Tag Archives: Ministry of Environment

GPS Training Day 2

New High Precision GPS Equipment for Kiribati

GPS Training Day 2

GPS Training Day 2

The shoreline and infrastructure assets are key elements of daily life in South Tarawa. Until now the accurate mapping and monitoring of these things has been undertaken using basic survey equipment and low accuracy GPS equipment. A new high precision state of the art GPS equipment has been purchased to improve the accuracy of measurement and recording of information in South Tarawa. The equipment was put to use on Tuesday 10th February with the first training workshop completed.

The equipment, worth in excess of $40,000, has been bought under the KAP III program and will be made available to the Ministry of Public Works and Utilities (MPWU), the Ministry of Environment, Lands and Agricultural Development (MELAD) and the Public Utilities Board (PUB) to vastly improve the speed and accuracy of the survey work they undertake. It is expected that the MPWU will use the equipment for monitoring shoreline erosion and will be able to quantify erosions rates to identify areas most of need of reinforcement. The PUB will use the equipment to accurately locate the water, electricity and sewer pipes, cables and fittings so that they can be relocated if they become buried over time. The MELAD officers will be able to use the equipment to more accurately define land boundaries and remark boundaries where necessary.

Part of the purchase included a week of training by Mr Rob van Manen, a GPS expert from Brisbane Australia. Rob described the new GPS system as being similar to that many fisherman might use and still used the same satellites but was far more accurate by being able to track more satellites and it was able to correct for the inaccuracies found in basic GPS units used for fishing. Rob praised the staff from MPWU, PUB and MELAD who undertook the training and noted they had all learned how to use the equipment very quickly and the days in the field with each ministry to show how to use the equipment in their normal daily tasks had been very productive.

Selling bananas on a busy morning

Bananas for sale in climate change struck Kiribati


Emaa Kiribi, 53, enjoys her everyday selling fresh bananas: Photo by Kantaake Corbett, KAPIII.

Emaa Kiribi, 53, enjoys her everyday selling fresh bananas: Photo by Kantaake Corbett, KAPIII.

Meet a mother of four children from the island of Butaritari the second Northern Island in Kiribati who is a passionate banana sale’s woman by the name of Emaa Kiribi, 53 years old.

Emaa knows almost all the faces of the regulars who walk the capital street of Bairiki and who are kind enough to buy just one banana to keep them healthy and to give her, an income.

Earning almost $20 a day, the woman is able to save up just enough for her youngest daughter Telafue Teretia, 14 years old who attends form one in Butaritari Junior Secondary School. She started supporting her children alone in 2009 after her husband Teretia from Makin and Butaritari passed away. The husband worked for the Kiribati Shipping Agency from 1999 to 2004 and then became a regular fisherman from Betio until his passing.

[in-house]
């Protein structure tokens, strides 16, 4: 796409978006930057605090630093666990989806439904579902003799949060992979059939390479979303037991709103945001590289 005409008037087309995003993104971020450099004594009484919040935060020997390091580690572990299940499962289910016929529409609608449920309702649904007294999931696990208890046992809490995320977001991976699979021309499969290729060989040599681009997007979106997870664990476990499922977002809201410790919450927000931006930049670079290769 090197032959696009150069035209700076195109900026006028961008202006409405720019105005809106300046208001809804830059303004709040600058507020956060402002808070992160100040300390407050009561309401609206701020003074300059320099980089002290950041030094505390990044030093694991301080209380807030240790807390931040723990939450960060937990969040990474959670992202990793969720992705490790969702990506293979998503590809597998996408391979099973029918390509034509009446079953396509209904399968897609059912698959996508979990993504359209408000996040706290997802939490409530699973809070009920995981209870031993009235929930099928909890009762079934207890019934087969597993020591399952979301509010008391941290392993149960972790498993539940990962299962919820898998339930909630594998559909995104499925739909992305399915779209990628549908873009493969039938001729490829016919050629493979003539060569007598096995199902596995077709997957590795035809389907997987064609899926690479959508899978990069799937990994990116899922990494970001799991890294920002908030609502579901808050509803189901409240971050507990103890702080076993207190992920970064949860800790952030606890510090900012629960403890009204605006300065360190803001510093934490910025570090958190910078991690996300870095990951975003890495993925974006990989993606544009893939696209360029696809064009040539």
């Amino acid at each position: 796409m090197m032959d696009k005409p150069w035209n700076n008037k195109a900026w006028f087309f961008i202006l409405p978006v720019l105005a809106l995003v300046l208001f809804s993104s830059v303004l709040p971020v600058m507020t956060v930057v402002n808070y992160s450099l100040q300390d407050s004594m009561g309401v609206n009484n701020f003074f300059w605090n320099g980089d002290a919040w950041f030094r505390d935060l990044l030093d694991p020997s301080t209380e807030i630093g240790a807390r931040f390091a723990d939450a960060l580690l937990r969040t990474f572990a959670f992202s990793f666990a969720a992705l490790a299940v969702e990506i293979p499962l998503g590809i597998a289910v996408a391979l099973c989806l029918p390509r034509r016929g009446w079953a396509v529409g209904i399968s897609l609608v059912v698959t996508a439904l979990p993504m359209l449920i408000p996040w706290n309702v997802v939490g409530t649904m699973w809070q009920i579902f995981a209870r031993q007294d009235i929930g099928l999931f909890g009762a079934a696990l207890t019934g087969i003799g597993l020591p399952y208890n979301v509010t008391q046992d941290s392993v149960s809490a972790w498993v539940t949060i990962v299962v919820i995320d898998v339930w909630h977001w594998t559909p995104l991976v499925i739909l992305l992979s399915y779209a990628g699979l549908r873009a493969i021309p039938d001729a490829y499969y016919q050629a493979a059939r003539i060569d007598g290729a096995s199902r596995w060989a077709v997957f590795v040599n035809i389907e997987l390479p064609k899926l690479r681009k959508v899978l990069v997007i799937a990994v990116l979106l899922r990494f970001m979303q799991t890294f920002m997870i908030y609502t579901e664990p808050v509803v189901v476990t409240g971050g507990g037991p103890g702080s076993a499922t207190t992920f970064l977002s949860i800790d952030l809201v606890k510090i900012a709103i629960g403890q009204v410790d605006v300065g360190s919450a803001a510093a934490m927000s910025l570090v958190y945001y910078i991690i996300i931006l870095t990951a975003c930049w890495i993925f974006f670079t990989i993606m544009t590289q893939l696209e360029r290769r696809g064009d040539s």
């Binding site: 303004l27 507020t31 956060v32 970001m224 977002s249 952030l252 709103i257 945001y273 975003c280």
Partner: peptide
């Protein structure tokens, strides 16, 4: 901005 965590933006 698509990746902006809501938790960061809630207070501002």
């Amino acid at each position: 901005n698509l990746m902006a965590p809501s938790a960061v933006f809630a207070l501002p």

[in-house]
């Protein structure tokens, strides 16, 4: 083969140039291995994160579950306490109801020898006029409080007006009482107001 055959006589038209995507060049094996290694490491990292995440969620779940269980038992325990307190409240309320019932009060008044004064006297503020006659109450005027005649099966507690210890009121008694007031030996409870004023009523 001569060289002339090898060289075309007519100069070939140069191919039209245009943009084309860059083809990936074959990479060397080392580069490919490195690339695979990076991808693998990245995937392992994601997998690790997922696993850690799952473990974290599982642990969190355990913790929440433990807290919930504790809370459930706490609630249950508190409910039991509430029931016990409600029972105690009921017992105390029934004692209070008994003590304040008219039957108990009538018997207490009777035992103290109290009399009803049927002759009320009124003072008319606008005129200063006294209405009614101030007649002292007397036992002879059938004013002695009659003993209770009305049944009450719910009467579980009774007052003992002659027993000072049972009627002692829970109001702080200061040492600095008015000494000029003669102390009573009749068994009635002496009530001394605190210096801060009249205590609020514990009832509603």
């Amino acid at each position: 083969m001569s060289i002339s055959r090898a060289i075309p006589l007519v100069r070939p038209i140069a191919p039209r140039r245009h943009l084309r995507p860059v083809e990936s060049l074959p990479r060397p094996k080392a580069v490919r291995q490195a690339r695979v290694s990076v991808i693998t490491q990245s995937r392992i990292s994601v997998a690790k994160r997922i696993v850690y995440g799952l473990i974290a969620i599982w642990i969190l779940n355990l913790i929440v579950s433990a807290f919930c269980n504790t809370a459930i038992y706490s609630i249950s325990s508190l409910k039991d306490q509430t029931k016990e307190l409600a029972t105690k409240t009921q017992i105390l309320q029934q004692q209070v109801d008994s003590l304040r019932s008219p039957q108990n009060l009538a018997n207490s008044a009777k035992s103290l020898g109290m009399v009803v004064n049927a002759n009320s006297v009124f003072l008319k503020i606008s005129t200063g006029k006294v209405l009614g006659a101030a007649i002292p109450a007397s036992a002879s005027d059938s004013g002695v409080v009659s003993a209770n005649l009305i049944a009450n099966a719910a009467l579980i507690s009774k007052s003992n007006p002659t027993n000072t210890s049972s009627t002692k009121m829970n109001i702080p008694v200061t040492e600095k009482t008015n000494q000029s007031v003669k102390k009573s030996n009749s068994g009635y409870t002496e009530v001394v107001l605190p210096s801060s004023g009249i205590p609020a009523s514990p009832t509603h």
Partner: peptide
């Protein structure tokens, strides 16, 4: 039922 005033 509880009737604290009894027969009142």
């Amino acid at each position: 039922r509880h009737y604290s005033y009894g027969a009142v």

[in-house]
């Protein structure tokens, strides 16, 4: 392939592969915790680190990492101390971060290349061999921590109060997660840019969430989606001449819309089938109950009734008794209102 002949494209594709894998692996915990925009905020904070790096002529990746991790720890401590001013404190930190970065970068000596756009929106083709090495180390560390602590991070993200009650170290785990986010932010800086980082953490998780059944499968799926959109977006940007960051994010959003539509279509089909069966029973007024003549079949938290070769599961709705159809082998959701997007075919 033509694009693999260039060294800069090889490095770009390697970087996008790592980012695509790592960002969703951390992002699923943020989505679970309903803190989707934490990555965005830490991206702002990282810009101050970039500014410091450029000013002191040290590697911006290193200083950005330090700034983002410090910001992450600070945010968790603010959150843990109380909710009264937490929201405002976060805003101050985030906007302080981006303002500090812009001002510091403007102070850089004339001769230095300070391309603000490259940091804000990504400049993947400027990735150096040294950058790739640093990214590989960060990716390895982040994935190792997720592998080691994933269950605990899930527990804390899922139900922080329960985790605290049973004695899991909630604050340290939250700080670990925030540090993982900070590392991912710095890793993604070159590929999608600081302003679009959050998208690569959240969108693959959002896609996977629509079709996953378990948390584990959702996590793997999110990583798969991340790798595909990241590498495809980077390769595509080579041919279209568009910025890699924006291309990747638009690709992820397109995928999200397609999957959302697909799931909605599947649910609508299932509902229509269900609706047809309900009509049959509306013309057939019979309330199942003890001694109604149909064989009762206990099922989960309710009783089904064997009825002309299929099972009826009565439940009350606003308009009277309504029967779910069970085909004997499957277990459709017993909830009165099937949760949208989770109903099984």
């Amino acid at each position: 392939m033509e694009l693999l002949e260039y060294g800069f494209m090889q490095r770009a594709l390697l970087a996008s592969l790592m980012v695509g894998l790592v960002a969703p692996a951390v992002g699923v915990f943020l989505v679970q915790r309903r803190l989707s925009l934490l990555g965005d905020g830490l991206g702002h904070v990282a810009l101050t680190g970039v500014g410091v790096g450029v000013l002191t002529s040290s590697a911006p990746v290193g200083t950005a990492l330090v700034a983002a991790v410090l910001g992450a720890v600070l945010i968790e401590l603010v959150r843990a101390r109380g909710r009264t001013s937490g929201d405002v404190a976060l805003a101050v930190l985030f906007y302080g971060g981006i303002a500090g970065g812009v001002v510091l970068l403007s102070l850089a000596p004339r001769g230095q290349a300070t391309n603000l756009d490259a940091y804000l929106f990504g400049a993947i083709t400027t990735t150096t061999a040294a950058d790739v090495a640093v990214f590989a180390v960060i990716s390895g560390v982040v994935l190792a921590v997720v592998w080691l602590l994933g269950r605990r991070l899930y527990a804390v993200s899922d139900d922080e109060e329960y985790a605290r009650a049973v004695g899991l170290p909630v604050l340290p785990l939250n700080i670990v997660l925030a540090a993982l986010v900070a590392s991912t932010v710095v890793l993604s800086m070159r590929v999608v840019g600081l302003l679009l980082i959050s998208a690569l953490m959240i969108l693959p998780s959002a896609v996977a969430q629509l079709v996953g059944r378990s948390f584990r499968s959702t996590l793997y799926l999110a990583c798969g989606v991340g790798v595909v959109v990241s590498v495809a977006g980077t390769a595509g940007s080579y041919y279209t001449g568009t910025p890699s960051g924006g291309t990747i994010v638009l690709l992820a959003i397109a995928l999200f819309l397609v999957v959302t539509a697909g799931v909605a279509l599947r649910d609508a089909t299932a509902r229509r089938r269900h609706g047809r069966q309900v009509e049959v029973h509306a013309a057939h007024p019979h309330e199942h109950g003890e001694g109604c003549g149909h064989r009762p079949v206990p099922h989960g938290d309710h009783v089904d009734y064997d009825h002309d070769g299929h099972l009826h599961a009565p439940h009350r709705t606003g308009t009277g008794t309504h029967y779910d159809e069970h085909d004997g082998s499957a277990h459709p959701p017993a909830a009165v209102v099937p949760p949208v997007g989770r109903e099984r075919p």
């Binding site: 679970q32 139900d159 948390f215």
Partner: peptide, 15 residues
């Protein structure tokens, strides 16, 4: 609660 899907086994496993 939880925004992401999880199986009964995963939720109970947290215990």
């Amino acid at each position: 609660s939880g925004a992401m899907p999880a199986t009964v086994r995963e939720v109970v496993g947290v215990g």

A devout catholic who grew up in other churches such as KPC and Baha’I, Emaa believes people are all the same and that people have the right to choose which church to attend because they are all true.

The couple joined the Latter Day Saints (LDS) in 2007 almost the same time she took up the job selling fresh yummy bananas.

“Bananas have grown well in the garden Island of Butaritari because it is in the North, and therefore rains a lot and we know bananas love to grow in both hot and wet conditions. Cultivating and managing bananas is highly supported by MELAD because it is a healthy fruit for the people and now, another means of income to a lot of families.” Takena Redfern, Senior Agriculture Officer (SAO), Ministry of Environment, Lands and Agricultural Development (MELAD), Agriculture and Livestock Division.

Climate resilient crops such as cassava, Kumara and Taro have also been introduced in Butaritari as well as other Islands in Kiribati to help the people in Kiribati adapt to climate change and because it grows well in Butaritari, a market of exporting from Butaritari to Tarawa is possible to help other islands and mainly the capital Tarawa where almost half the population of Kiribati now reside.

When asked if she wanted to migrate due to sea level rise to bigger countries like New Zealand and Australia through the Pacific Access Category (PAC), Emaa kindly said she would rather live in Kiribati for the rest of her dear life. Emaa is afraid of the Tsunami stories that she’s heard and believes it is safer here because of the big ocean.

Having only completed class nine back in the days, Emaa’s only wish for her youngest daughter when asked if she wanted her daughter to live abroad was that – she would rather see her youngest daughter serve her mission and then decide for herself.

Kiribati people want to migrate with dignity.

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